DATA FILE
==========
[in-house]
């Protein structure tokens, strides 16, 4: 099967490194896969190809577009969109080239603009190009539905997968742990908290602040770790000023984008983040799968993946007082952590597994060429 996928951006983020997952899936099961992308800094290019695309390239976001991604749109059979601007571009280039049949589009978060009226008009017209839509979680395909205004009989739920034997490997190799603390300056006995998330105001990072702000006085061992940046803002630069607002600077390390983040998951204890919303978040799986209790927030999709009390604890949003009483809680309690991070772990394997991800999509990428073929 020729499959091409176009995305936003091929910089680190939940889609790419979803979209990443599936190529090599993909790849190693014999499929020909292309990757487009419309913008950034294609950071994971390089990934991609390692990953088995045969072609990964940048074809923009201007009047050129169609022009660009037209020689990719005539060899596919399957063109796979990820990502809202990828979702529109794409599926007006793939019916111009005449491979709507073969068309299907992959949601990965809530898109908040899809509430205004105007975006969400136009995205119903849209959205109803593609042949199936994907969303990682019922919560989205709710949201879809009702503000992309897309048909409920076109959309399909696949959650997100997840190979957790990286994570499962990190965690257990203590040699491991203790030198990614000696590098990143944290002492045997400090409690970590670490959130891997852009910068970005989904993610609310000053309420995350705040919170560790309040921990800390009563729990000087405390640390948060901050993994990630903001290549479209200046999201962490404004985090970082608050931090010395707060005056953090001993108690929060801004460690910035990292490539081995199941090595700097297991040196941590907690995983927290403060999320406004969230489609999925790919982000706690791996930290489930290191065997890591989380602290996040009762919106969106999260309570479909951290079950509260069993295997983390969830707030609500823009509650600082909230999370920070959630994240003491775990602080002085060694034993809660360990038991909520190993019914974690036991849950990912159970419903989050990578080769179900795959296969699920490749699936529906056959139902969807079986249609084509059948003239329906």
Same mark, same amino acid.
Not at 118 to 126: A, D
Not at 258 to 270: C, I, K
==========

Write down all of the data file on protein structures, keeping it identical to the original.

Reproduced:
[in-house]
């Protein structure tokens, strides 16, 4: 099967490194896969190809577009969109080239603009190009539905997968742990908290602040770790000023984008983040799968993946007082952590597994060429 996928951006983020997952899936099961992308800094290019695309390239976001991604749109059979601007571009280039049949589009978060009226008009017209839509979680395909205004009989739920034997490997190799603390300056006995998330105001990072702000006085061992940046803002630069607002600077390390983040998951204890919303978040799986209790927030999709009390604890949003009483809680309690991070772990394997991800999509990428073929 020729499959091409176009995305936003091929910089680190939940889609790419979803979209990443599936190529090599993909790849190693014999499929020909292309990757487009419309913008950034294609950071994971390089990934991609390692990953088995045969072609990964940048074809923009201007009047050129169609022009660009037209020689990719005539060899596919399957063109796979990820990502809202990828979702529109794409599926007006793939019916111009005449491979709507073969068309299907992959949601990965809530898109908040899809509430205004105007975006969400136009995205119903849209959205109803593609042949199936994907969303990682019922919560989205709710949201879809009702503000992309897309048909409920076109959309399909696949959650997100997840190979957790990286994570499962990190965690257990203590040699491991203790030198990614000696590098990143944290002492045997400090409690970590670490959130891997852009910068970005989904993610609310000053309420995350705040919170560790309040921990800390009563729990000087405390640390948060901050993994990630903001290549479209200046999201962490404004985090970082608050931090010395707060005056953090001993108690929060801004460690910035990292490539081995199941090595700097297991040196941590907690995983927290403060999320406004969230489609999925790919982000706690791996930290489930290191065997890591989380602290996040009762919106969106999260309570479909951290079950509260069993295997983390969830707030609500823009509650600082909230999370920070959630994240003491775990602080002085060694034993809660360990038991909520190993019914974690036991849950990912159970419903989050990578080769179900795959296969699920490749699936529906056959139902969807079986249609084509059948003239329906």
Same mark, same amino acid.
Not at 118 to 126: A, D
Not at 258 to 270: C, I, K